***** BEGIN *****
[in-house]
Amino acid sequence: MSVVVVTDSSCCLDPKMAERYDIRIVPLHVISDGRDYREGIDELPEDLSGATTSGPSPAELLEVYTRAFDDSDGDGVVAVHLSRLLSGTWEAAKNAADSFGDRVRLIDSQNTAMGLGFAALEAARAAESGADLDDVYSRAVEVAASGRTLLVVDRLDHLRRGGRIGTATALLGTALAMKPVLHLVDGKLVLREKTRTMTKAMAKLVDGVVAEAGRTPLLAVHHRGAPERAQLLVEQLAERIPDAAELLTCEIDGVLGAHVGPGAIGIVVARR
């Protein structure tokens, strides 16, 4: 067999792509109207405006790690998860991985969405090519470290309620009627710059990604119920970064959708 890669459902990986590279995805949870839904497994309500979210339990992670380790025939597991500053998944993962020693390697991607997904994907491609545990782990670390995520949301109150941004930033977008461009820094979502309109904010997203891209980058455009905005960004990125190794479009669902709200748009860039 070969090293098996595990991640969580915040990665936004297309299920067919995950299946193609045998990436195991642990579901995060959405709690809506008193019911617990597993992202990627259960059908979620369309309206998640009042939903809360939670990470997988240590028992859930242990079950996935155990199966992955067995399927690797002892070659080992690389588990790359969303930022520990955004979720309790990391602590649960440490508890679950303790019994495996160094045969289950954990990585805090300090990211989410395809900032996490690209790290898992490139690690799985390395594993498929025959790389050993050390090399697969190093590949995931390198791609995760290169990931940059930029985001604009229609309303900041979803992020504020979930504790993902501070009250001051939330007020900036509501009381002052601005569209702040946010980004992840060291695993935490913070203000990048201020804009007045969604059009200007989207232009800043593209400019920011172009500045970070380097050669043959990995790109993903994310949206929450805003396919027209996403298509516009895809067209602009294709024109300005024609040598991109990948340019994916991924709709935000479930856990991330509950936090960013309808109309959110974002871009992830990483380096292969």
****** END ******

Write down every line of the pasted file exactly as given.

[in-house]
Amino acid sequence: MSVVVVTDSSCCLDPKMAERYDIRIVPLHVISDGRDYREGIDELPEDLSGATTSGPSPAELLEVYTRAFDDSDGDGVVAVHLSRLLSGTWEAAKNAADSFGDRVRLIDSQNTAMGLGFAALEAARAAESGADLDDVYSRAVEVAASGRTLLVVDRLDHLRRGGRIGTATALLGTALAMKPVLHLVDGKLVLREKTRTMTKAMAKLVDGVVAEAGRTPLLAVHHRGAPERAQLLVEQLAERIPDAAELLTCEIDGVLGAHVGPGAIGIVVARR
């Protein structure tokens, strides 16, 4: 067999792509109207405006790690998860991985969405090519470290309620009627710059990604119920970064959708 890669459902990986590279995805949870839904497994309500979210339990992670380790025939597991500053998944993962020693390697991607997904994907491609545990782990670390995520949301109150941004930033977008461009820094979502309109904010997203891209980058455009905005960004990125190794479009669902709200748009860039 070969090293098996595990991640969580915040990665936004297309299920067919995950299946193609045998990436195991642990579901995060959405709690809506008193019911617990597993992202990627259960059908979620369309309206998640009042939903809360939670990470997988240590028992859930242990079950996935155990199966992955067995399927690797002892070659080992690389588990790359969303930022520990955004979720309790990391602590649960440490508890679950303790019994495996160094045969289950954990990585805090300090990211989410395809900032996490690209790290898992490139690690799985390395594993498929025959790389050993050390090399697969190093590949995931390198791609995760290169990931940059930029985001604009229609309303900041979803992020504020979930504790993902501070009250001051939330007020900036509501009381002052601005569209702040946010980004992840060291695993935490913070203000990048201020804009007045969604059009200007989207232009800043593209400019920011172009500045970070380097050669043959990995790109993903994310949206929450805003396919027209996403298509516009895809067209602009294709024109300005024609040598991109990948340019994916991924709709935000479930856990991330509950936090960013309808109309959110974002871009992830990483380096292969």